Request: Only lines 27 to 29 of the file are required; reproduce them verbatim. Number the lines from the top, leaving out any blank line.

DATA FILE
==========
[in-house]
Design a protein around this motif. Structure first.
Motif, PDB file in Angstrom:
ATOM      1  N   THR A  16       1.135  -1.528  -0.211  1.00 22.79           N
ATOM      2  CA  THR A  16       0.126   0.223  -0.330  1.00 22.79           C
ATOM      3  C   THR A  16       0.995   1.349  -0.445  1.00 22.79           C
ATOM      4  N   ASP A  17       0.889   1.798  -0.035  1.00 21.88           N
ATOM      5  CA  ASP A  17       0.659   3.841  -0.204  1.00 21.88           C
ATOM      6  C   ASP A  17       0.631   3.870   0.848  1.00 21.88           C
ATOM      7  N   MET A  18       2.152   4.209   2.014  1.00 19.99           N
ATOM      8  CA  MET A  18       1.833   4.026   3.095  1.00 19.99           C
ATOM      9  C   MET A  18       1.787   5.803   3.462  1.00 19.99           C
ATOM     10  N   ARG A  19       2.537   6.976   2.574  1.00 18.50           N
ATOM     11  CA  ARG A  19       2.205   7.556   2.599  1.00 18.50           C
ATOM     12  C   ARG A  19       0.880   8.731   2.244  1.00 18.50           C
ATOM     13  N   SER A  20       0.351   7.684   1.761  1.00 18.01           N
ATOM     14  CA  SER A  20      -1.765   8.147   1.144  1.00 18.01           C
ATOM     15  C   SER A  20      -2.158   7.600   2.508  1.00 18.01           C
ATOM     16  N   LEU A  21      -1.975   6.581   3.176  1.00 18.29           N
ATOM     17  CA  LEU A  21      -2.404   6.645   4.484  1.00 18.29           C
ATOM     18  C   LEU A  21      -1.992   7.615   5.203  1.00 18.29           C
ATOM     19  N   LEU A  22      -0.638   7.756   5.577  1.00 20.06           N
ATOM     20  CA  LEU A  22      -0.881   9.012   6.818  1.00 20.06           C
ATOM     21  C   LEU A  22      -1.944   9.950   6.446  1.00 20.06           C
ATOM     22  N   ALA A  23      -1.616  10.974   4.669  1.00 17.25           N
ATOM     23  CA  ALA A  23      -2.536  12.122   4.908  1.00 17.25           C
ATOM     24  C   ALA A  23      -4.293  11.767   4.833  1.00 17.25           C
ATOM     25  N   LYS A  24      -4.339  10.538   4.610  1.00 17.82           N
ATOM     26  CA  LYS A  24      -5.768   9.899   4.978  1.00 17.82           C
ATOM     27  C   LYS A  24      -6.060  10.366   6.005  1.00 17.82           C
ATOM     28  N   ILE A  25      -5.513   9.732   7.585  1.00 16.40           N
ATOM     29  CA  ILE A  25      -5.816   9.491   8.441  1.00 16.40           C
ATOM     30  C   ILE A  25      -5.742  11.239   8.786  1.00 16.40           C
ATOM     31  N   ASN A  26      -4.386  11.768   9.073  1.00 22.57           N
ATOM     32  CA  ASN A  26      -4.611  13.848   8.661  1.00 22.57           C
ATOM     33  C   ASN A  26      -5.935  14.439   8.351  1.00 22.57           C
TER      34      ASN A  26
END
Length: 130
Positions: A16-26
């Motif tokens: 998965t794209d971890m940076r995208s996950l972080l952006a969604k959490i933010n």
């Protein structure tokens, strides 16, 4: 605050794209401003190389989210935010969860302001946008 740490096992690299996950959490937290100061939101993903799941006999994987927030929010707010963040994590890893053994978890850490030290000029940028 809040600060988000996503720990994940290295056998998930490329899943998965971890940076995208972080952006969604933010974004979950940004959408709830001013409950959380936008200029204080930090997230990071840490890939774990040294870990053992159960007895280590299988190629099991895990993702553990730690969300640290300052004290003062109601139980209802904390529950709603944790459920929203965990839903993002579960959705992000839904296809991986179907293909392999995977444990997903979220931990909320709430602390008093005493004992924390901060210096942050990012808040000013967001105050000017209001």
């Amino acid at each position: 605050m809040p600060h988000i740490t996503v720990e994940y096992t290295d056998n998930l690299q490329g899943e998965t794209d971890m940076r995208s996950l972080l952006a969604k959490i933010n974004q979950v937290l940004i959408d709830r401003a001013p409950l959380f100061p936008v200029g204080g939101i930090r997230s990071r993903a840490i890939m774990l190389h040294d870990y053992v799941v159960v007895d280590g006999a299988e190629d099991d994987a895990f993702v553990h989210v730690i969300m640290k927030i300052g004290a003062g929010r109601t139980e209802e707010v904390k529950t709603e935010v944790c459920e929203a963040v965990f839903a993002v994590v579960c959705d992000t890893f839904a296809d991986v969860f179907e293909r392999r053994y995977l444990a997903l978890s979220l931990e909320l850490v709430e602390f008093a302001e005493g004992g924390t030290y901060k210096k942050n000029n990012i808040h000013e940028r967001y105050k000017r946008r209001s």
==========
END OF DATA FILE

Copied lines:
ATOM     24  C   ALA A  23      -4.293  11.767   4.833  1.00 17.25           C
ATOM     25  N   LYS A  24      -4.339  10.538   4.610  1.00 17.82           N
ATOM     26  CA  LYS A  24      -5.768   9.899   4.978  1.00 17.82           C